Suspect in killings surrenders

Lusby man charged in shootings of county firefighter, brother

Hostage flees trailer home

21-hour ordeal begins in St. Mary's County, ends in Calvert Co.

Anne Arundel

October 10, 2001|By Laura Barnhardt | Laura Barnhardt,SUN STAFF

A man suspected of killing an Anne Arundel County firefighter and his brother before taking a woman hostage in her Calvert County home surrendered to police yesterday, authorities said.

Matthew T. Keyser, who also is accused of shooting at a state trooper after the killings Monday, surrendered after the woman fled through a back door, police said. He gave himself up about 21 hours after the shootings.

Keyser, 32, of Lusby was charged with two counts of first-degree murder and attempted murder, authorities said. He was being held last night without bail at St. Mary's County Detention Center in Leonardtown.

Keyser is charged in the fatal shootings of brothers Louis A. Moreland, 39, of Edgewater, an 18-year- veteran firefighter, and Edward Warren Moreland, 38, of Lusby, a siding installer.

Authorities said the Morelands were putting siding on a house in the St. Mary's County town of California late Monday morning when they were shot. Police said Keyser, who was installing a roof at the site, was angry because he thought a man was having an affair with his wife.

After apparently seeking a confrontation, he became enraged when he learned that the man was not at work. Authorities said neither of the Morelands was involved in the dispute.

Seven rounds were fired from a shotgun at the construction site, police said.

Edward Moreland died at the site. Louis Moreland, an apparatus operator based at the Harwood-Lothian fire station in southern Anne Arundel County, died at Prince George's Hospital Center's Trauma Unit in Cheverly several hours after the shootings.

As state troopers chased Keyser from the construction site north toward Calvert County, a shotgun was fired from Keyser's pickup at Trooper M.D. Lass.

The shots missed him, but struck his patrol car at least four times, police said.

Lass returned fire, and but did not hit Keyser, who ran into a wooded area, police said.

St. Mary's County sheriff's deputies saw the man in the driveway of a trailer in Lusby in Calvert County, where an Oldsmobile was stolen. As the deputies approached, he rammed the car into a fence and forced his way into a nearby trailer, said Lt. John Horne of the St. Mary's County Sheriff's Department.

Authorities said a man and a woman were ordered to leave the trailer, but Elsie Reeves, 61, was kept as a hostage. Horne said Keyser did not know the woman.

After being held hostage throughout the night, Reeves escaped about 9:30 a.m. yesterday by saying she had to go the bathroom and then running out the back door, authorities said.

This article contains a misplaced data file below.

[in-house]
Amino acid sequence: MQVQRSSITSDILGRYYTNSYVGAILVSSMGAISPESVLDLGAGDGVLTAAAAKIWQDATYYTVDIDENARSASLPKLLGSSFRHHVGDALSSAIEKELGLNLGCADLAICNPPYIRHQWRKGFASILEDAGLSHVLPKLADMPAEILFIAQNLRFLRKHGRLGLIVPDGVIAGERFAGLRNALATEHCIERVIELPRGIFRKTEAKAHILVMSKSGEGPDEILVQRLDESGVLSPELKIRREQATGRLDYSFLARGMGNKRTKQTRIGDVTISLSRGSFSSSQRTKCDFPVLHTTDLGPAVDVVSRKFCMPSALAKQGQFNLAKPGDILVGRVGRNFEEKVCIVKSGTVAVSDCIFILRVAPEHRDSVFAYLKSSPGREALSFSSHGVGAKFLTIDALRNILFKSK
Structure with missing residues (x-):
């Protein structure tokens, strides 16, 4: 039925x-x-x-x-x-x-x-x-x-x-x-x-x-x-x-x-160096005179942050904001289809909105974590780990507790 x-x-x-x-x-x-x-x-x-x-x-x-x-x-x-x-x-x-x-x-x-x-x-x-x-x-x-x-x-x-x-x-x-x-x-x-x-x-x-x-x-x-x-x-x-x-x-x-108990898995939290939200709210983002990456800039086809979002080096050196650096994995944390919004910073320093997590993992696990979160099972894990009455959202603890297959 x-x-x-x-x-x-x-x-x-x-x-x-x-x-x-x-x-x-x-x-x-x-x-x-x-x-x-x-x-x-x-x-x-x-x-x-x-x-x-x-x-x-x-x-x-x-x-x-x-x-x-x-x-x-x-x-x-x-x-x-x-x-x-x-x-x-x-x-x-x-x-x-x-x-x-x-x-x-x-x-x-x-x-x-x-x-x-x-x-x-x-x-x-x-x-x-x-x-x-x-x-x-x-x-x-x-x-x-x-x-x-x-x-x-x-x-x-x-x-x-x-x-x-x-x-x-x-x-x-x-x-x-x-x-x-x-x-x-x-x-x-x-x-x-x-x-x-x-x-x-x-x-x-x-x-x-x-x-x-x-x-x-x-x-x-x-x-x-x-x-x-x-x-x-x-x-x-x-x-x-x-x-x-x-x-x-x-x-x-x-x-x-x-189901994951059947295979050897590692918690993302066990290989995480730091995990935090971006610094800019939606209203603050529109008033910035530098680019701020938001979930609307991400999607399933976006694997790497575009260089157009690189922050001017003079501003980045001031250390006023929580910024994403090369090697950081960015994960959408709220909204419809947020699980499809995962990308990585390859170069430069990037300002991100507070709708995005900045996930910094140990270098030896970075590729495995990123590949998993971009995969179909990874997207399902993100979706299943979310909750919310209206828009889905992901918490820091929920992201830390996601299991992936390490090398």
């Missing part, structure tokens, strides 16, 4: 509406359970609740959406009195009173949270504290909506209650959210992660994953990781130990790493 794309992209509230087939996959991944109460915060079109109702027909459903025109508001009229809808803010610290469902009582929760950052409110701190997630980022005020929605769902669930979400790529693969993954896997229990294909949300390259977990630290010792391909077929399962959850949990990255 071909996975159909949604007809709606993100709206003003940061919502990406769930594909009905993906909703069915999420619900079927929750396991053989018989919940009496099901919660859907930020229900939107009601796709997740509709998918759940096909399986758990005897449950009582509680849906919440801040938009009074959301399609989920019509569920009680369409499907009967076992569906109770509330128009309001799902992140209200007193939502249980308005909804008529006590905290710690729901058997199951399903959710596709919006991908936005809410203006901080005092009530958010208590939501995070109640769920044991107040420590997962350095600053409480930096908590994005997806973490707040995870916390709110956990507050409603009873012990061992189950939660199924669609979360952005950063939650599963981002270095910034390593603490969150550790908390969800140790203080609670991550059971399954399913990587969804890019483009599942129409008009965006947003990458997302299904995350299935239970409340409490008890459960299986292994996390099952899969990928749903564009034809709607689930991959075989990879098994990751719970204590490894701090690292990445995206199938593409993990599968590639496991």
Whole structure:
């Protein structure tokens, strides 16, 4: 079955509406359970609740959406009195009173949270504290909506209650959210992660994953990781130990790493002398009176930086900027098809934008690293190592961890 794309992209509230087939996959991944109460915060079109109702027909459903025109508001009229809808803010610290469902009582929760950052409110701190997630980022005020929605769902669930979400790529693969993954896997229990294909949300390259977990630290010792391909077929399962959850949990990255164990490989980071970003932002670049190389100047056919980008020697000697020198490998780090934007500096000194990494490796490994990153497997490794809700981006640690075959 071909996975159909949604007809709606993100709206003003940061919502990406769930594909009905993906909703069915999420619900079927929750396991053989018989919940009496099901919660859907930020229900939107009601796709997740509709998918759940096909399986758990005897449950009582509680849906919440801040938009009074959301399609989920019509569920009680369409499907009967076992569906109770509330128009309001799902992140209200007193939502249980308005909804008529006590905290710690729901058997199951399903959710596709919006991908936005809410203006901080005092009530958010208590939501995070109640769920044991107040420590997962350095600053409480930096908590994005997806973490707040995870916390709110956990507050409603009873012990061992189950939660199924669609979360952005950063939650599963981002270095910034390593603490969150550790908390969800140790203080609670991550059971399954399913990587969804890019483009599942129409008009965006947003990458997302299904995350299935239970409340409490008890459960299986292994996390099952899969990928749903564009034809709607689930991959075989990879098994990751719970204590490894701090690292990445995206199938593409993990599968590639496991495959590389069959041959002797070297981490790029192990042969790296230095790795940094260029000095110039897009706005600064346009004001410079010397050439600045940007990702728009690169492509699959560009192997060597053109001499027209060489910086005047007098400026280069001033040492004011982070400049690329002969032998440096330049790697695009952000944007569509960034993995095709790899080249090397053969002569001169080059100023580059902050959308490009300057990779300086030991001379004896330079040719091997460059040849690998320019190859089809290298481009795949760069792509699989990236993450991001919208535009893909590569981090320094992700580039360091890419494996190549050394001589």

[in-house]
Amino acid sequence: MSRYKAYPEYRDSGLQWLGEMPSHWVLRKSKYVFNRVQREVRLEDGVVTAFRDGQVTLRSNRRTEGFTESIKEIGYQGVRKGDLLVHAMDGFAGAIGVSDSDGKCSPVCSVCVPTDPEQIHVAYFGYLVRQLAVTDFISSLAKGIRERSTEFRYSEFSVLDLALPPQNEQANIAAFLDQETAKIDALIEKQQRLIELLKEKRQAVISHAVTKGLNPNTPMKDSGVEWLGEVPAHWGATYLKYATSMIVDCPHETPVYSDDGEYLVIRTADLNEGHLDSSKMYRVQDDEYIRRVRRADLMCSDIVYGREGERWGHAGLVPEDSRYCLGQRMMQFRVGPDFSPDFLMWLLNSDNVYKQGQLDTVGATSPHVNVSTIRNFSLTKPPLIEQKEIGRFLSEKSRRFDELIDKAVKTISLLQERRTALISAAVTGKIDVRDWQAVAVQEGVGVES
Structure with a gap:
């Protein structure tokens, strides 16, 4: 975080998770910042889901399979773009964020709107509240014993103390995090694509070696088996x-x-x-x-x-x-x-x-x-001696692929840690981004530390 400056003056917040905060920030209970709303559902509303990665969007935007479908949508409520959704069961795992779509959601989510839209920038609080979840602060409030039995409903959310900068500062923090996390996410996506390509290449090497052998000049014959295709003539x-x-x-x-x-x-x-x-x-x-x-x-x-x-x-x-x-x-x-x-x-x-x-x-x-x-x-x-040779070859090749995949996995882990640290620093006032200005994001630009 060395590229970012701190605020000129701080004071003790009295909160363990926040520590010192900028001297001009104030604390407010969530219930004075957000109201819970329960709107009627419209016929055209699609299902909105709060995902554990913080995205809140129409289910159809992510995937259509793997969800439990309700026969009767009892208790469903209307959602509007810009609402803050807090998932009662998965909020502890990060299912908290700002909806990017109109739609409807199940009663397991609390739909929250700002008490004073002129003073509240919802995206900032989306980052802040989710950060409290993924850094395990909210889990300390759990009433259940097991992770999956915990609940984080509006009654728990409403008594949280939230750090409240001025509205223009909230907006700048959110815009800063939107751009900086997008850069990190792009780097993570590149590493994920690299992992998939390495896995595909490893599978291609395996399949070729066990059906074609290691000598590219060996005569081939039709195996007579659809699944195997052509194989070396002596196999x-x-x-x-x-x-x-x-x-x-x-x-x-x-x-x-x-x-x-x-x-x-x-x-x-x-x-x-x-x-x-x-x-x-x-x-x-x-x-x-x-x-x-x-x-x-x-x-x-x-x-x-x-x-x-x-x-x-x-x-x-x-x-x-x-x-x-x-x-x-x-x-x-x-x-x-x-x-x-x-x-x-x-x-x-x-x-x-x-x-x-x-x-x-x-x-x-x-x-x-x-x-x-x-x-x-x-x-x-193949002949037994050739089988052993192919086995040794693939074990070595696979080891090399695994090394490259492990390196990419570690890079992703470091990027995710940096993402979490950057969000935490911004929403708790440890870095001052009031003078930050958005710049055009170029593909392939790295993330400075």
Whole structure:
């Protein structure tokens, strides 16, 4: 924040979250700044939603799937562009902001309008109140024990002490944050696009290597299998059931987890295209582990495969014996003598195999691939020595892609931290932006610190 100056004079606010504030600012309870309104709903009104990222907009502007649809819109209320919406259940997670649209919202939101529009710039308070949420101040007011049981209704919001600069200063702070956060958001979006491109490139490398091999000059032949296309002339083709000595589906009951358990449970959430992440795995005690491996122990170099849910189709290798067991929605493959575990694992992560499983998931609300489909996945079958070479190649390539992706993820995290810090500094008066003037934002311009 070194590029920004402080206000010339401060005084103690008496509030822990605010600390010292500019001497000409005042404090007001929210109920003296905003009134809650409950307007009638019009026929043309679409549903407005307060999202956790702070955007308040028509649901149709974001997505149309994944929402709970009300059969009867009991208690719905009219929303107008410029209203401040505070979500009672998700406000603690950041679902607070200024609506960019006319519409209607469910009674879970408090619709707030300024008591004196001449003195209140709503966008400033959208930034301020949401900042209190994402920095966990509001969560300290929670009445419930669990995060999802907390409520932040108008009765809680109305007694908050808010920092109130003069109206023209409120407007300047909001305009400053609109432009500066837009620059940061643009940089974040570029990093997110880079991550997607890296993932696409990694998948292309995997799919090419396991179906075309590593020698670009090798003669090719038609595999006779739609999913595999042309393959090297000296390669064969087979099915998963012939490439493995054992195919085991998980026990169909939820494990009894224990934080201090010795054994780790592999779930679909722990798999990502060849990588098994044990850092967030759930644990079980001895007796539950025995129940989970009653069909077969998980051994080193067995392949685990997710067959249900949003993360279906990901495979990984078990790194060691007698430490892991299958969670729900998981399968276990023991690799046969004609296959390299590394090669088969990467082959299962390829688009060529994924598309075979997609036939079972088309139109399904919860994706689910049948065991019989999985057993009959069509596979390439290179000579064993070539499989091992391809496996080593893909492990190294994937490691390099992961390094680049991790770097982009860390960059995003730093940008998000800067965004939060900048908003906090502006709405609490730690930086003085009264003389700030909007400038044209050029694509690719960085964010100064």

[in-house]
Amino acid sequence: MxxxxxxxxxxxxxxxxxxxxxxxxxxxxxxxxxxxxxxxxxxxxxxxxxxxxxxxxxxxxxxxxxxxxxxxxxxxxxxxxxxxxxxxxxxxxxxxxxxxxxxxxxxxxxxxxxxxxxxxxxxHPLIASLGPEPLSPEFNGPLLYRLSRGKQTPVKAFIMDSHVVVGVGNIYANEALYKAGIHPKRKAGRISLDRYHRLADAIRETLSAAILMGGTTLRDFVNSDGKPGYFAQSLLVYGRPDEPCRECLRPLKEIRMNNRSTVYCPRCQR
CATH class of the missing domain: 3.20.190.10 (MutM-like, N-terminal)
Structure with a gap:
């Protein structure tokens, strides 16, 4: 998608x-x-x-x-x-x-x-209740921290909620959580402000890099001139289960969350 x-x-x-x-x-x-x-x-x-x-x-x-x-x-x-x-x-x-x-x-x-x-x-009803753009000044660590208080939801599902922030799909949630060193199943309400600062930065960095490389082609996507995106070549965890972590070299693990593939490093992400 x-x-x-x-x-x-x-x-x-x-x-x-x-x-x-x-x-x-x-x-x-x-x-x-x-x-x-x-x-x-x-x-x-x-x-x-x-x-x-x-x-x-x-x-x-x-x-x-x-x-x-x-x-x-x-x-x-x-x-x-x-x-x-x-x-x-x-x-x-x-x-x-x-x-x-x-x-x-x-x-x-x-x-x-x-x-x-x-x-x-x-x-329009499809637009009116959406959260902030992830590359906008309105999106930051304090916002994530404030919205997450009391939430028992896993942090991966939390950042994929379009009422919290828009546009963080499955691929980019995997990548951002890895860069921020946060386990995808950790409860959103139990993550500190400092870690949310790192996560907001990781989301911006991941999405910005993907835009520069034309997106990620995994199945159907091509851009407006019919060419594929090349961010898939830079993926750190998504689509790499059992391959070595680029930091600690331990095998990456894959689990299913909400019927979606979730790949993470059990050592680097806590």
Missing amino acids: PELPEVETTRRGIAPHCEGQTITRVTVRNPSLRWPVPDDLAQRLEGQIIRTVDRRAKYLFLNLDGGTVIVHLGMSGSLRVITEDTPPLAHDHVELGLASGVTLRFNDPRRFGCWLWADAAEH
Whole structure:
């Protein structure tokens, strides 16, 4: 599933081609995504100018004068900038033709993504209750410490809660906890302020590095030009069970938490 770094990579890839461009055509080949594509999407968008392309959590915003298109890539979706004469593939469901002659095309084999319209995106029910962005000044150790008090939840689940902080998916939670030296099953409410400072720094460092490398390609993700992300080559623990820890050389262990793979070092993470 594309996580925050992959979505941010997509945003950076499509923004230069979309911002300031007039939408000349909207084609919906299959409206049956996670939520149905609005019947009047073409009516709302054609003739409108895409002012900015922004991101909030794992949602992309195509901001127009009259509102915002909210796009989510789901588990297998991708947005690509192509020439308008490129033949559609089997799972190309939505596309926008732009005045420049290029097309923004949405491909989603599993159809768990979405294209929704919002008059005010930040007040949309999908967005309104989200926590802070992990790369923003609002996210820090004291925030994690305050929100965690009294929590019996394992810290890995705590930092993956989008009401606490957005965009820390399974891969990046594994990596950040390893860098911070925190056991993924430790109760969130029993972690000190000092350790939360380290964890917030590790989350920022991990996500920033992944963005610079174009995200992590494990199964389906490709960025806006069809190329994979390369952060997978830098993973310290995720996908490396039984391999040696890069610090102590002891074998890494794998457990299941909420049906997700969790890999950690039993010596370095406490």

Minutes later, Keyser surrendered, police said.

Anne Arundel County firefighters mourned the loss of Louis Moreland, a respected and well-liked firefighter, and his brother.

"I think we're all numb, in shock and in disbelief," said Division Chief John M. Scholz, who had worked with Louis Moreland for more than a decade.

Moreland started volunteering as a firefighter for the Woodland Beach company in Edgewater when he was a teen-ager.

He joined the county Fire Department in 1983, working his way up to the rank of apparatus operator, which meant he was qualified to handle a variety of firefighting equipment.

"It's a very technical position," Scholz said. "It really requires a lot of practice, thought and effort. He was constantly pushing himself to be the best. And he was."

About 10 years ago, Moreland noticed a problem with the nozzles on the county's fire hoses. Spurred by Moreland's study of the problem, the county changed the type of nozzle used - an upgrade many firefighters credit with improving their ability to fight fires.

"I think it changed way the Fire Department delivers its service," Scholz said. "He left a legacy not only in that area, but also by mentoring other firefighters."

Moreland, a 1980 graduate of South River High School, spent most of his career at the West Annapolis and Lothian fire stations. He is survived by his wife of 18 years, Shelley, and their two daughters.

His brother, Edward, a 1981 graduate of South River High School, had been self-employed as a siding contractor since 1989. He is survived by his wife of nearly six years, Frances, three sons and three daughters.

Services will be held at 11 a.m. Friday at the Trinity Assembly of God Church in Lanham. Visitation will be held 2 p.m. to 4 p.m. and 7 p.m. to 9 p.m. Thursday at Hardesty Funeral Home, 12 Ridgely Ave., Annapolis.

Memorial contributions may be made to the Children of Louis and Edward Moreland Educational Fund, c/o Trinity Assembly of God Church, 7800 Good Luck Road, Lanham 20706.

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